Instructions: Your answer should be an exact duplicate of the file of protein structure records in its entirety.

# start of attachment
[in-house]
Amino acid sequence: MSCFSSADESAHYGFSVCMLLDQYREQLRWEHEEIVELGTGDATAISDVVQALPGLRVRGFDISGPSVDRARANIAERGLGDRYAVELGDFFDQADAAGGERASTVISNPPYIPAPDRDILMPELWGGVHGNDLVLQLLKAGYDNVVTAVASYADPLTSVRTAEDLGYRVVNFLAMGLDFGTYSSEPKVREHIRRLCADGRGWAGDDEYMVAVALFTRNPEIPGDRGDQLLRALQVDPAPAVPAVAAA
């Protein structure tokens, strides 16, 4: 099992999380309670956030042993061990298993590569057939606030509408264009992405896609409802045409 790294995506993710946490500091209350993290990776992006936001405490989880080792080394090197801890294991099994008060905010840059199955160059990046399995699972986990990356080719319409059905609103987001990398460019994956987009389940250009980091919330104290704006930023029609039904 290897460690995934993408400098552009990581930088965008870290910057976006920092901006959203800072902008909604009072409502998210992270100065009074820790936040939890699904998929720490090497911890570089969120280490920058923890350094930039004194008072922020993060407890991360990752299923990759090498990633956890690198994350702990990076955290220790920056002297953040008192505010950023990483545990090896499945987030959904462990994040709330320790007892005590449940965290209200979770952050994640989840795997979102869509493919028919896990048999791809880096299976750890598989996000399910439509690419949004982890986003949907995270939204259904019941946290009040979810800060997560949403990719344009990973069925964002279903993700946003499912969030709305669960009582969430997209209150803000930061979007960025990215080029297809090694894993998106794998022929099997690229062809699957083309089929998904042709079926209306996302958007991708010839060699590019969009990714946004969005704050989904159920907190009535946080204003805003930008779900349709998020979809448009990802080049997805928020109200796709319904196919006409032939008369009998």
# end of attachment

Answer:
[in-house]
Amino acid sequence: MSCFSSADESAHYGFSVCMLLDQYREQLRWEHEEIVELGTGDATAISDVVQALPGLRVRGFDISGPSVDRARANIAERGLGDRYAVELGDFFDQADAAGGERASTVISNPPYIPAPDRDILMPELWGGVHGNDLVLQLLKAGYDNVVTAVASYADPLTSVRTAEDLGYRVVNFLAMGLDFGTYSSEPKVREHIRRLCADGRGWAGDDEYMVAVALFTRNPEIPGDRGDQLLRALQVDPAPAVPAVAAA
């Protein structure tokens, strides 16, 4: 099992999380309670956030042993061990298993590569057939606030509408264009992405896609409802045409 790294995506993710946490500091209350993290990776992006936001405490989880080792080394090197801890294991099994008060905010840059199955160059990046399995699972986990990356080719319409059905609103987001990398460019994956987009389940250009980091919330104290704006930023029609039904 290897460690995934993408400098552009990581930088965008870290910057976006920092901006959203800072902008909604009072409502998210992270100065009074820790936040939890699904998929720490090497911890570089969120280490920058923890350094930039004194008072922020993060407890991360990752299923990759090498990633956890690198994350702990990076955290220790920056002297953040008192505010950023990483545990090896499945987030959904462990994040709330320790007892005590449940965290209200979770952050994640989840795997979102869509493919028919896990048999791809880096299976750890598989996000399910439509690419949004982890986003949907995270939204259904019941946290009040979810800060997560949403990719344009990973069925964002279903993700946003499912969030709305669960009582969430997209209150803000930061979007960025990215080029297809090694894993998106794998022929099997690229062809699957083309089929998904042709079926209306996302958007991708010839060699590019969009990714946004969005704050989904159920907190009535946080204003805003930008779900349709998020979809448009990802080049997805928020109200796709319904196919006409032939008369009998």